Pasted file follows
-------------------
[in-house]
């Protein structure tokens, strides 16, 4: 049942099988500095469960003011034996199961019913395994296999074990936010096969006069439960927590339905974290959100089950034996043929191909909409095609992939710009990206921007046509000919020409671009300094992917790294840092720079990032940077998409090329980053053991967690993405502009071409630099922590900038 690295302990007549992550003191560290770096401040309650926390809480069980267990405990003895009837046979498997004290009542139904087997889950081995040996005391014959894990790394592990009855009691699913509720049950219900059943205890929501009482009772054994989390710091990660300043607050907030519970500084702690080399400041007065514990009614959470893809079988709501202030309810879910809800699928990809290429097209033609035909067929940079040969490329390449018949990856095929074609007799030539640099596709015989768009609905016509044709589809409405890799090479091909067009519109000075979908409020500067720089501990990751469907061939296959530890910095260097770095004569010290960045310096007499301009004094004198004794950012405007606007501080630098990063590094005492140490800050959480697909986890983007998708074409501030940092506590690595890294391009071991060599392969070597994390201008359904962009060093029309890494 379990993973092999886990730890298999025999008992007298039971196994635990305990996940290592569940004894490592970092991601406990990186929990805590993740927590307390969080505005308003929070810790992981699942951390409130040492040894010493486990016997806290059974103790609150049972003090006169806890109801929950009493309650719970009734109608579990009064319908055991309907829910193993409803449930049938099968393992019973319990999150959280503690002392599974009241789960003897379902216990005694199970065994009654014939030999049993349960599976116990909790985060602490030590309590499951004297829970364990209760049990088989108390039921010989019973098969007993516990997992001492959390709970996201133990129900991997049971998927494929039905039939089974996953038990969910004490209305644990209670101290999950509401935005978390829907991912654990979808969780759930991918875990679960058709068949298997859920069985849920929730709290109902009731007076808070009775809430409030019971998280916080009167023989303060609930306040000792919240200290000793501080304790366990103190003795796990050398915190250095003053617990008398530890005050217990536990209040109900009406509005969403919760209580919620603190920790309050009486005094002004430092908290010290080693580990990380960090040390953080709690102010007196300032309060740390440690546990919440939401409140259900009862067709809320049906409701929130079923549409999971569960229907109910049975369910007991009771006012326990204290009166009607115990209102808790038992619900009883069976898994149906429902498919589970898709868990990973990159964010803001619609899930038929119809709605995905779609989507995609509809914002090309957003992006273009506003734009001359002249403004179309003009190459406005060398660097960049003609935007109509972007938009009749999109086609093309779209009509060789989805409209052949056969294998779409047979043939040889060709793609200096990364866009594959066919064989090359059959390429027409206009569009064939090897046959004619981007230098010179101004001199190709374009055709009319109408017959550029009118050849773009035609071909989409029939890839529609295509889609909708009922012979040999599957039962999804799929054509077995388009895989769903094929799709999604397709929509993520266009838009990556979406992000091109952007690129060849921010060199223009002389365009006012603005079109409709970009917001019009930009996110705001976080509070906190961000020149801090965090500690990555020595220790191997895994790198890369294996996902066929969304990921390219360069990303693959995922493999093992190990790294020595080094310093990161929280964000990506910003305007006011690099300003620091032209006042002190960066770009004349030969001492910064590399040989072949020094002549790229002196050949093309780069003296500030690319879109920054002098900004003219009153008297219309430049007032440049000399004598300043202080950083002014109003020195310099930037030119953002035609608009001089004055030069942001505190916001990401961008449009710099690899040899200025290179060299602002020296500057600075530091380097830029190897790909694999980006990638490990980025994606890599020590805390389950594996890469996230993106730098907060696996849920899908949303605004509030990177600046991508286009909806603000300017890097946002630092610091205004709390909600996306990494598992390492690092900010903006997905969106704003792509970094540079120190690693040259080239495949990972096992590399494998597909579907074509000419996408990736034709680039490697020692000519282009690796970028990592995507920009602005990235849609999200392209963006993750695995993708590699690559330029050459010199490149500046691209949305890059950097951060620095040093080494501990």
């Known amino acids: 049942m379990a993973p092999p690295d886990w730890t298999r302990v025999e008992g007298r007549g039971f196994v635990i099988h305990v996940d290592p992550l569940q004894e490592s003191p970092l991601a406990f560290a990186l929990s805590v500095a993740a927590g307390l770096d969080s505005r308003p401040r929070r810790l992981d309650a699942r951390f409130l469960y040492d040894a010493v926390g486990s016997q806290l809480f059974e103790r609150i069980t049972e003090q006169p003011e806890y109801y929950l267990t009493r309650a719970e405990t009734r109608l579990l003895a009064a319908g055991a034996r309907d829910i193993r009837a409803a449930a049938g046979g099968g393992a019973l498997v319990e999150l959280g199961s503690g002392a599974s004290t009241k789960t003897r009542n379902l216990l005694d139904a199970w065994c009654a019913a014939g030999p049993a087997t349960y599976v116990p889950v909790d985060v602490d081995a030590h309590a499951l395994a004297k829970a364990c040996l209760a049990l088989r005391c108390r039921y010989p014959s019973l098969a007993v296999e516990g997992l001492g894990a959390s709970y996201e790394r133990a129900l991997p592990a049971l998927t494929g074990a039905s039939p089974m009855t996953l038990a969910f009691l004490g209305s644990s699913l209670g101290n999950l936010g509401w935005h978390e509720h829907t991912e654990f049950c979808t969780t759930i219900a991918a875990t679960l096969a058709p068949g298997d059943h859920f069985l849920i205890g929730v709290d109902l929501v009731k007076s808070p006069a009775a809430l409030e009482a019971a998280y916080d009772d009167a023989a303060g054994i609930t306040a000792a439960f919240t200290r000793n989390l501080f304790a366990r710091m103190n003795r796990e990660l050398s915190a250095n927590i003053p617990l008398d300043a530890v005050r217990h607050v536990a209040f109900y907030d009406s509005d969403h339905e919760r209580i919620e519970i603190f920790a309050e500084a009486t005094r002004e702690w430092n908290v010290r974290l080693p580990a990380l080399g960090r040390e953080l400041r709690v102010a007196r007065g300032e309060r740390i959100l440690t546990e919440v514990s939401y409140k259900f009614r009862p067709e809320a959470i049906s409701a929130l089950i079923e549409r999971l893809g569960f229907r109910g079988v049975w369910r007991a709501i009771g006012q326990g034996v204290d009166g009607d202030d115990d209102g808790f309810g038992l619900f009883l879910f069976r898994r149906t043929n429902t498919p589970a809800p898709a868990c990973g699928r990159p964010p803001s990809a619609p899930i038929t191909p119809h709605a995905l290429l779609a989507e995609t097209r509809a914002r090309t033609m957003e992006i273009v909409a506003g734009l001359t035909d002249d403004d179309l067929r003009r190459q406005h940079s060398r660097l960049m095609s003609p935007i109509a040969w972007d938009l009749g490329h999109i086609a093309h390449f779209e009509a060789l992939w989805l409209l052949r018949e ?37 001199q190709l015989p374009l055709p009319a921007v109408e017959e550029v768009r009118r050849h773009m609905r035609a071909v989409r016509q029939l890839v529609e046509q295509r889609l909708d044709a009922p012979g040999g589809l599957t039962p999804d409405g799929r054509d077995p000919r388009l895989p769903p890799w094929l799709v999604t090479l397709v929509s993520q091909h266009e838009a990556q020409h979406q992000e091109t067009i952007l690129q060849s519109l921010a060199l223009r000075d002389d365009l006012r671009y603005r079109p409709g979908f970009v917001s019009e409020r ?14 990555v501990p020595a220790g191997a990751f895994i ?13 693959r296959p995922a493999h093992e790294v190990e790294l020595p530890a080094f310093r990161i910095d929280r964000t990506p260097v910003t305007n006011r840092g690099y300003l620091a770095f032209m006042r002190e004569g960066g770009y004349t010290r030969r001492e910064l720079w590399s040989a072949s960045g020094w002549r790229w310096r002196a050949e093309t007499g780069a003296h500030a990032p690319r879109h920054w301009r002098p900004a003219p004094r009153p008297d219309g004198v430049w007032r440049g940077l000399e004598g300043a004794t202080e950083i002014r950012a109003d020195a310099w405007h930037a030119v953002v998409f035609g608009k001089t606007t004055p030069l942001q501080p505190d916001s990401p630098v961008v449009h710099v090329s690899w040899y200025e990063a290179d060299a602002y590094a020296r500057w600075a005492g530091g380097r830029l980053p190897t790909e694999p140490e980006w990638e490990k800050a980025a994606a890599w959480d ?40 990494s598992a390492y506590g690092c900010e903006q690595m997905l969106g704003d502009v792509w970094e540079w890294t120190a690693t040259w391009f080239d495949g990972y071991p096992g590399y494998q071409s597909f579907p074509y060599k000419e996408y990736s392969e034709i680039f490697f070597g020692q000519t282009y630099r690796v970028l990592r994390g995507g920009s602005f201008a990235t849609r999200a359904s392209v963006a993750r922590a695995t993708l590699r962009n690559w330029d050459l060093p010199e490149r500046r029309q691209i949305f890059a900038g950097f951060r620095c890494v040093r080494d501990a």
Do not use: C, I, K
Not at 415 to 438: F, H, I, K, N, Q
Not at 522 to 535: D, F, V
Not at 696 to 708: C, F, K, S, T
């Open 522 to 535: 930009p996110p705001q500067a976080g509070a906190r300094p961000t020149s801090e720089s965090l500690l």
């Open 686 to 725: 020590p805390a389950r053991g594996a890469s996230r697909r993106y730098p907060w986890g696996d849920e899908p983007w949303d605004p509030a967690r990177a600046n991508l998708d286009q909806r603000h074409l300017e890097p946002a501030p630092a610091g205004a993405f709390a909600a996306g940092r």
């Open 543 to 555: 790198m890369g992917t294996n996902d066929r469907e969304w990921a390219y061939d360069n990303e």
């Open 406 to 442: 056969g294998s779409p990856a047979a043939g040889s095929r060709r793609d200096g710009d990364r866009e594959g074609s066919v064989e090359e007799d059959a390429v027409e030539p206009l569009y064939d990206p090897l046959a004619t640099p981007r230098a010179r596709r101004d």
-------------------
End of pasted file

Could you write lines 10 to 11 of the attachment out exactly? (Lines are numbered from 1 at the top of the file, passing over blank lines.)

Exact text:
């Open 543 to 555: 790198m890369g992917t294996n996902d066929r469907e969304w990921a390219y061939d360069n990303e």
């Open 406 to 442: 056969g294998s779409p990856a047979a043939g040889s095929r060709r793609d200096g710009d990364r866009e594959g074609s066919v064989e090359e007799d059959a390429v027409e030539p206009l569009y064939d990206p090897l046959a004619t640099p981007r230098a010179r596709r101004d």